BT Openreach (NYSE: BT) has begun the second phase of its VDSL vectoring trial, which it claims could enhance the speeds of its "up to" 80 Mbps-capable hybrid copper and fiber-based fiber to the cabinet (FTTC) network by reducing crosstalk on its existing copper lines.
A previous multi-month trial that BT began last September successfully enabled it to deliver top speeds of up to 80 Mbps, according to an ISPreview.co.uk report.
Set to run for at least three months, the second phase of the trial will focus on the same three street cabinets in Barnet (London) and another three in Braintree (Essex).
BT said that several new enhancements are also being introduced to the trial in order to help improve FTTC performance and tackle interference.
One of the key elements it will use during this round is an enhanced Application Specific Integrated Circuit (ASIC) vectoring engine that the telco claims could cancel out significantly more cross-talk interferes per line, which means end-users could see an even bigger improvement in their service speeds. However, the one drawback of using the ASIC is that it could increase costs because it would require replacing some hardware in each street cabinet that houses the network electronics.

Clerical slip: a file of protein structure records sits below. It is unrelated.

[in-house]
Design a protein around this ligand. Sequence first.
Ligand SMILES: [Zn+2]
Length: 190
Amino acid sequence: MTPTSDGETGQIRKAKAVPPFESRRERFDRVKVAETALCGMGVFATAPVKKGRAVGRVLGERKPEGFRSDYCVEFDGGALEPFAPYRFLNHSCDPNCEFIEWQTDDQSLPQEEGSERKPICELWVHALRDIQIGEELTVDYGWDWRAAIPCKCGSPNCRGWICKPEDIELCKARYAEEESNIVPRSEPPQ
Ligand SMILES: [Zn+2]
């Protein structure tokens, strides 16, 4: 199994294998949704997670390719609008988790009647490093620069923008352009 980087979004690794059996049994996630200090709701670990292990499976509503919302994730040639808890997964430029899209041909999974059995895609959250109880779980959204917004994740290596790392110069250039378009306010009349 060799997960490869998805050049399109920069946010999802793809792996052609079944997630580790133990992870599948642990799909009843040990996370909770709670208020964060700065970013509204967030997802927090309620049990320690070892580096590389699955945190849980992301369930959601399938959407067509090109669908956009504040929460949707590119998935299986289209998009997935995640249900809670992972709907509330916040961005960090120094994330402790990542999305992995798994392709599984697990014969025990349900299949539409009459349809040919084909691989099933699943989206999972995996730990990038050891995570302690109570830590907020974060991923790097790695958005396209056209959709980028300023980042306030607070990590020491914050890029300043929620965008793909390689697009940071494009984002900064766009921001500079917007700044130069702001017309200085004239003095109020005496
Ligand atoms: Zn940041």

Openreach told ISPreview.co.uk that it was not ready to say if it would use either a System-Level or Node-Level Vectoring solution.
"We're currently focused on ensuring that the trial of the ASIC engine is successful," an Openreach spokesperson told ISPreview.co.uk. "Beyond that we will be considering all commercially viable options to further enhance the customer's experience."
It will also begin the second trial with three ASIC vector engines at the sites in Braintree and Barnet, while another three will be activated at the trial sites over the coming weeks.
- ISPreview has this article
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